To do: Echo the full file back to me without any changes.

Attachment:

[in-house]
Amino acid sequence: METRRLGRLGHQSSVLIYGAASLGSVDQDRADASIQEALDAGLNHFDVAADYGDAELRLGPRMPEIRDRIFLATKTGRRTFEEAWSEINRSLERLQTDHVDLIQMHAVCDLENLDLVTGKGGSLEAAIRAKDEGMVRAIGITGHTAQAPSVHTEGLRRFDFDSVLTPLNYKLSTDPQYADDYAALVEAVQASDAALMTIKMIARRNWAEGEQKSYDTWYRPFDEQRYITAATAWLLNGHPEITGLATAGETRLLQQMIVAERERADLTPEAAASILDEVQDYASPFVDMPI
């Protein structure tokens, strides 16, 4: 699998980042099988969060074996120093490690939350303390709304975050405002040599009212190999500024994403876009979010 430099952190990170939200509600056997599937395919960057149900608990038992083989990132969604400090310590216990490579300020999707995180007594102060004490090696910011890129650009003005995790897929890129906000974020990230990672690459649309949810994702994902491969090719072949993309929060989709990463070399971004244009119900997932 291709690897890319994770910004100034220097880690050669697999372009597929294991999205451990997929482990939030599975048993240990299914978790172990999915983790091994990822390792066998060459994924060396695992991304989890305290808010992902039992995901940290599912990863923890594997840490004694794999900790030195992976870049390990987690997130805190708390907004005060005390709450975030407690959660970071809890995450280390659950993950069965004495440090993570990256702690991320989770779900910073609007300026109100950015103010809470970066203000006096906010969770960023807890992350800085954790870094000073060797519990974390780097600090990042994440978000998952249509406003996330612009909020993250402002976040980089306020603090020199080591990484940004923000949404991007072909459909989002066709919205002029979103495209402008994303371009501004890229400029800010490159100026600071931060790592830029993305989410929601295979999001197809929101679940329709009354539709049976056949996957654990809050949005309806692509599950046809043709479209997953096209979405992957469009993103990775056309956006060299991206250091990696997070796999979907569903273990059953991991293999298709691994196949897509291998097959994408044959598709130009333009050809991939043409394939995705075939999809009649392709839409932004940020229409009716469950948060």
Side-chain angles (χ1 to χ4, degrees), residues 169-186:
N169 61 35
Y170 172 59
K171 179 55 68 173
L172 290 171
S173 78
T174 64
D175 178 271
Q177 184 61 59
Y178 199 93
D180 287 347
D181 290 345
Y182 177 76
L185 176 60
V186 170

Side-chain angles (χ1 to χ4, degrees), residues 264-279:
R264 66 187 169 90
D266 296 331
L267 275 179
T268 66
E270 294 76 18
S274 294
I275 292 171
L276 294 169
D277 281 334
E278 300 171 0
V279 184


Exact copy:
[in-house]
Amino acid sequence: METRRLGRLGHQSSVLIYGAASLGSVDQDRADASIQEALDAGLNHFDVAADYGDAELRLGPRMPEIRDRIFLATKTGRRTFEEAWSEINRSLERLQTDHVDLIQMHAVCDLENLDLVTGKGGSLEAAIRAKDEGMVRAIGITGHTAQAPSVHTEGLRRFDFDSVLTPLNYKLSTDPQYADDYAALVEAVQASDAALMTIKMIARRNWAEGEQKSYDTWYRPFDEQRYITAATAWLLNGHPEITGLATAGETRLLQQMIVAERERADLTPEAAASILDEVQDYASPFVDMPI
């Protein structure tokens, strides 16, 4: 699998980042099988969060074996120093490690939350303390709304975050405002040599009212190999500024994403876009979010 430099952190990170939200509600056997599937395919960057149900608990038992083989990132969604400090310590216990490579300020999707995180007594102060004490090696910011890129650009003005995790897929890129906000974020990230990672690459649309949810994702994902491969090719072949993309929060989709990463070399971004244009119900997932 291709690897890319994770910004100034220097880690050669697999372009597929294991999205451990997929482990939030599975048993240990299914978790172990999915983790091994990822390792066998060459994924060396695992991304989890305290808010992902039992995901940290599912990863923890594997840490004694794999900790030195992976870049390990987690997130805190708390907004005060005390709450975030407690959660970071809890995450280390659950993950069965004495440090993570990256702690991320989770779900910073609007300026109100950015103010809470970066203000006096906010969770960023807890992350800085954790870094000073060797519990974390780097600090990042994440978000998952249509406003996330612009909020993250402002976040980089306020603090020199080591990484940004923000949404991007072909459909989002066709919205002029979103495209402008994303371009501004890229400029800010490159100026600071931060790592830029993305989410929601295979999001197809929101679940329709009354539709049976056949996957654990809050949005309806692509599950046809043709479209997953096209979405992957469009993103990775056309956006060299991206250091990696997070796999979907569903273990059953991991293999298709691994196949897509291998097959994408044959598709130009333009050809991939043409394939995705075939999809009649392709839409932004940020229409009716469950948060």
Side-chain angles (χ1 to χ4, degrees), residues 169-186:
N169 61 35
Y170 172 59
K171 179 55 68 173
L172 290 171
S173 78
T174 64
D175 178 271
Q177 184 61 59
Y178 199 93
D180 287 347
D181 290 345
Y182 177 76
L185 176 60
V186 170

Side-chain angles (χ1 to χ4, degrees), residues 264-279:
R264 66 187 169 90
D266 296 331
L267 275 179
T268 66
E270 294 76 18
S274 294
I275 292 171
L276 294 169
D277 281 334
E278 300 171 0
V279 184